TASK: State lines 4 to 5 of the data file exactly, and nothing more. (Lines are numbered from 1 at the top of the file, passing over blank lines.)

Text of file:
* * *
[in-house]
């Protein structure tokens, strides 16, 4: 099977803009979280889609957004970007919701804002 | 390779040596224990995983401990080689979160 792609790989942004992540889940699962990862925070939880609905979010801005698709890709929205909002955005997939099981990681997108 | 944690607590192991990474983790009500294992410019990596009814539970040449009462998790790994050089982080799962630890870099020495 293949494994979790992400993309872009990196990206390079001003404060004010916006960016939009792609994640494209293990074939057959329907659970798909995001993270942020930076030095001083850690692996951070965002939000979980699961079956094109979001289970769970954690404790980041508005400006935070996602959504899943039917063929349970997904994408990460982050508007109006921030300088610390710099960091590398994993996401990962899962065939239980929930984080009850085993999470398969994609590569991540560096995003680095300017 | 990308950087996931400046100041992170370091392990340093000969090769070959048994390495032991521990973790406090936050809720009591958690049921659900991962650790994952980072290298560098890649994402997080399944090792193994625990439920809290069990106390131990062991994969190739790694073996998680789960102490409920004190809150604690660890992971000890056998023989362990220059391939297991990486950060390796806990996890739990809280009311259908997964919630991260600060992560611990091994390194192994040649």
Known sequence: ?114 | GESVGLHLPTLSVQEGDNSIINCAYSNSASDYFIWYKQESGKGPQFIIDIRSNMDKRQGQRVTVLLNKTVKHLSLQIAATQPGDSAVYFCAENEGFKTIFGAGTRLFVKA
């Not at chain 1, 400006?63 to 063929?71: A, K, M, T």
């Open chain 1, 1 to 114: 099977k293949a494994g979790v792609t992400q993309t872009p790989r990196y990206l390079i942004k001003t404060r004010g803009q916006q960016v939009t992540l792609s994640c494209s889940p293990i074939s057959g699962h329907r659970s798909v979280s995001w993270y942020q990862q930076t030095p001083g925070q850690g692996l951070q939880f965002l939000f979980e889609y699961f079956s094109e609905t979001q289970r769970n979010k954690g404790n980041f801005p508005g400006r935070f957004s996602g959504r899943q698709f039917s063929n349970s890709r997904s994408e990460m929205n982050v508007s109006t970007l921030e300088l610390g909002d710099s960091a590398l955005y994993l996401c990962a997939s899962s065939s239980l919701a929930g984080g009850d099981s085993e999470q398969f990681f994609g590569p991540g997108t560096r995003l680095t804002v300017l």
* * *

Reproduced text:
């Not at chain 1, 400006?63 to 063929?71: A, K, M, T």
């Open chain 1, 1 to 114: 099977k293949a494994g979790v792609t992400q993309t872009p790989r990196y990206l390079i942004k001003t404060r004010g803009q916006q960016v939009t992540l792609s994640c494209s889940p293990i074939s057959g699962h329907r659970s798909v979280s995001w993270y942020q990862q930076t030095p001083g925070q850690g692996l951070q939880f965002l939000f979980e889609y699961f079956s094109e609905t979001q289970r769970n979010k954690g404790n980041f801005p508005g400006r935070f957004s996602g959504r899943q698709f039917s063929n349970s890709r997904s994408e990460m929205n982050v508007s109006t970007l921030e300088l610390g909002d710099s960091a590398l955005y994993l996401c990962a997939s899962s065939s239980l919701a929930g984080g009850d099981s085993e999470q398969f990681f994609g590569p991540g997108t560096r995003l680095t804002v300017l």